While researching ways to heat a small bathroom (28sq. ft. total), I came across a post that someone put some narrow piping above a bathroom subfloor and cemented it in under the tiling. They were using a tankless recirculation loop as a form of hydronic radiant floor heating.

I'm actually installing a tankless, though I planned to do so without a recirculation loop. I also planned to put electric radiant heating in the non-shower parts of the bathroom (~15W/sq. ft.). The post got me thinking about whether a recirculation pump really helps at all, whether it can be used for radiant heating like that, and how quickly it will heat the floor, especially compared to the electric heating. I'm thinking I might go with radiant in the whole bathroom, only under the shower where there's no electric, or nowhere.

For reference, I'm putting the radiant heating in because I don't expect the mini-split to adequately handle the bathroom. The shower is probably 10ft. of plumbing from the tankless, and the farthest faucet is maybe 25ft.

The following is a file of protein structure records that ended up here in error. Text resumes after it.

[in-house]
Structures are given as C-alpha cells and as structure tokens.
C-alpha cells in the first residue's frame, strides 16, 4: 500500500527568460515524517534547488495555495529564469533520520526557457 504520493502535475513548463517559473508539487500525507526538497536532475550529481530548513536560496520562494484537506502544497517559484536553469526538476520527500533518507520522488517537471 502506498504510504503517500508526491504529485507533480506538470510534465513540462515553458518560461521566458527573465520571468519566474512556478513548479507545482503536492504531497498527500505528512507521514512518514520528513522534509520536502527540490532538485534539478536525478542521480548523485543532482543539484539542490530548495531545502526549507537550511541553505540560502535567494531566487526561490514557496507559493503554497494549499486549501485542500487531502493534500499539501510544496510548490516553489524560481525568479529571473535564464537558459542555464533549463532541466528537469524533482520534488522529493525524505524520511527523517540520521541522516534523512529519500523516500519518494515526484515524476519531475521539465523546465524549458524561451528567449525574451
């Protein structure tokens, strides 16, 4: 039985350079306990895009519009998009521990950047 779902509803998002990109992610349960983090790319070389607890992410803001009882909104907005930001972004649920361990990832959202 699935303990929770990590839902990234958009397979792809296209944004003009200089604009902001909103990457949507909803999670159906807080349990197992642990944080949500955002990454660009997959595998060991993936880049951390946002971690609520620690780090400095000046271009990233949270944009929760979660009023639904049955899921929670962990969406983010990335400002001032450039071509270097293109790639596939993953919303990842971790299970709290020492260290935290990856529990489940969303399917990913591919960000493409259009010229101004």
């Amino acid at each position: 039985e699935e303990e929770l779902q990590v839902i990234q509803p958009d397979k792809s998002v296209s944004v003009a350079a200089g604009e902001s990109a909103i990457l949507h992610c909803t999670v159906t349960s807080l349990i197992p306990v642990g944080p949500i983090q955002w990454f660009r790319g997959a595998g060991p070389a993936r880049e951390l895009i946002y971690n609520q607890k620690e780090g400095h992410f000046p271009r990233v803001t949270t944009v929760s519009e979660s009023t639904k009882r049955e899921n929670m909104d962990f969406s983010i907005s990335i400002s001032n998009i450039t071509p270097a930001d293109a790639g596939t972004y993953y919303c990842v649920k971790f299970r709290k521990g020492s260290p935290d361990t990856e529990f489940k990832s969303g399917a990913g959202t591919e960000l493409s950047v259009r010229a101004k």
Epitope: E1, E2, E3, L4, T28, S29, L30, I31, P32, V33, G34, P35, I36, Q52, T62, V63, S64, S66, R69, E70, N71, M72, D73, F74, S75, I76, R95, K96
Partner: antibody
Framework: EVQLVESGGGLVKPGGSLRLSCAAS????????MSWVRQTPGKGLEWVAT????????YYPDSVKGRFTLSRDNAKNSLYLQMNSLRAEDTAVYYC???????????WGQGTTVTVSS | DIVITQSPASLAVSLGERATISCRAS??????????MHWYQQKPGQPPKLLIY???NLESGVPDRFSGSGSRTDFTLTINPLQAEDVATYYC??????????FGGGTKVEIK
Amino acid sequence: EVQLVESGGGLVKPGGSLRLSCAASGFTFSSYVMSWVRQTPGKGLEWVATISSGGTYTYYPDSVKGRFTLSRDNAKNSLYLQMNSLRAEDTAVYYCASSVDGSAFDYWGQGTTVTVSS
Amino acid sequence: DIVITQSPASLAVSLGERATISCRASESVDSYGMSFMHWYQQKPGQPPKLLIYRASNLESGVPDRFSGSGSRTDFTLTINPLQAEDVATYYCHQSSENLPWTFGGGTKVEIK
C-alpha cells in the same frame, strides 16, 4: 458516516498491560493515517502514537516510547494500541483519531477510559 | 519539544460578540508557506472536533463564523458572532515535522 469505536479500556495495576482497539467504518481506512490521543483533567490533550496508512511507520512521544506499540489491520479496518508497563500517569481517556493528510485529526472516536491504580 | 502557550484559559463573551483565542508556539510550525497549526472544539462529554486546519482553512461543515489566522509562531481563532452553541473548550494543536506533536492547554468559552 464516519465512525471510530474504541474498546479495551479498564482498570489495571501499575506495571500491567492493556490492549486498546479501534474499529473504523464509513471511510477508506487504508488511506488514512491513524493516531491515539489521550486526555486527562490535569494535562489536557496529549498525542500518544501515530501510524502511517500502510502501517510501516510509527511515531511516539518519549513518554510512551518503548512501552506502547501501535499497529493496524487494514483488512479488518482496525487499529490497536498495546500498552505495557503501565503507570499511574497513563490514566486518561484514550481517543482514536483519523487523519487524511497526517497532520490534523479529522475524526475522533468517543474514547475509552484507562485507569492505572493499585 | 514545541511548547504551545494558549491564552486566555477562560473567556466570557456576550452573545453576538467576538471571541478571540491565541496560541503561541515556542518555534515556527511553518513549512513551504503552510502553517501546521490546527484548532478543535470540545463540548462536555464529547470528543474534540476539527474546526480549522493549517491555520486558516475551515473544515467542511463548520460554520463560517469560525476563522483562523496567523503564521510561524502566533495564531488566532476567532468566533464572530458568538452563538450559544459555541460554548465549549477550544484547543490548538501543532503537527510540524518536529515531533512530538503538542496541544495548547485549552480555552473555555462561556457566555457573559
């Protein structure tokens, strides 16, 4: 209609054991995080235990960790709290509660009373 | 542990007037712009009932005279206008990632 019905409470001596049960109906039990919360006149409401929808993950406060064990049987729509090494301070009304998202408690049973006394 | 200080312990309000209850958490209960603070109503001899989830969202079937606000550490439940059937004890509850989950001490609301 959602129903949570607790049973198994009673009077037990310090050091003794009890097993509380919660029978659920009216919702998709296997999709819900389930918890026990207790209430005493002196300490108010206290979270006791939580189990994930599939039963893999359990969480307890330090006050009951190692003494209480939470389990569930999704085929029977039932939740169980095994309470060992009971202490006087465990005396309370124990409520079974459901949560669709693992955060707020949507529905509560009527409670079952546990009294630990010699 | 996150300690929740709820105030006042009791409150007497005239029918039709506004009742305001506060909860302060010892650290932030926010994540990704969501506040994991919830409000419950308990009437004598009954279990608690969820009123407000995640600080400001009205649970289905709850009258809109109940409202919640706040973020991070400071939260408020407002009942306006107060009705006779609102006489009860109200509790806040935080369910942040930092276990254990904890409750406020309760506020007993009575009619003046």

• In some areas it is not legal to use the same water heater for a heating loop and potable water. have you considered an electric mat under the flooring? these are not difficult to install but do need a circuit to power them. I like hydronic heat but in a small room like a bath I find the electric easier and less expensive in the long run. – Ed Beal Jan 12 '17 at 14:25
  • I would think anywhere. Yes, the only way you can combine water heatrs i – Harper Jan 12 '17 at 15:01
  • I would think anywhere. Yes, the only way you can combine water heaters is with a water/water heat exchanger. Anyway walk into a seemingly cold bathroom, you want a quick blast of on-demand heat. – Harper Jan 12 '17 at 15:17
  • It's actually common and normal to use one water heater for both jobs, but it does require using potable water PEX and stainless or bronze pumps. See: radiantcompany.com/system/opensystem for an example. I bought some tubing from them once, not otherwise affiliated. – Ecnerwal Jan 12 '17 at 15:40
  • FWIW, a recirculation pump is allowed on potable lines (and there's no ethylene or propylene glycol in the mix). All lines will be copper too. Also, as per the question, all areas except under the shower are planned to have electric radiant heating. – Hari Ganti Jan 13 '17 at 7:21

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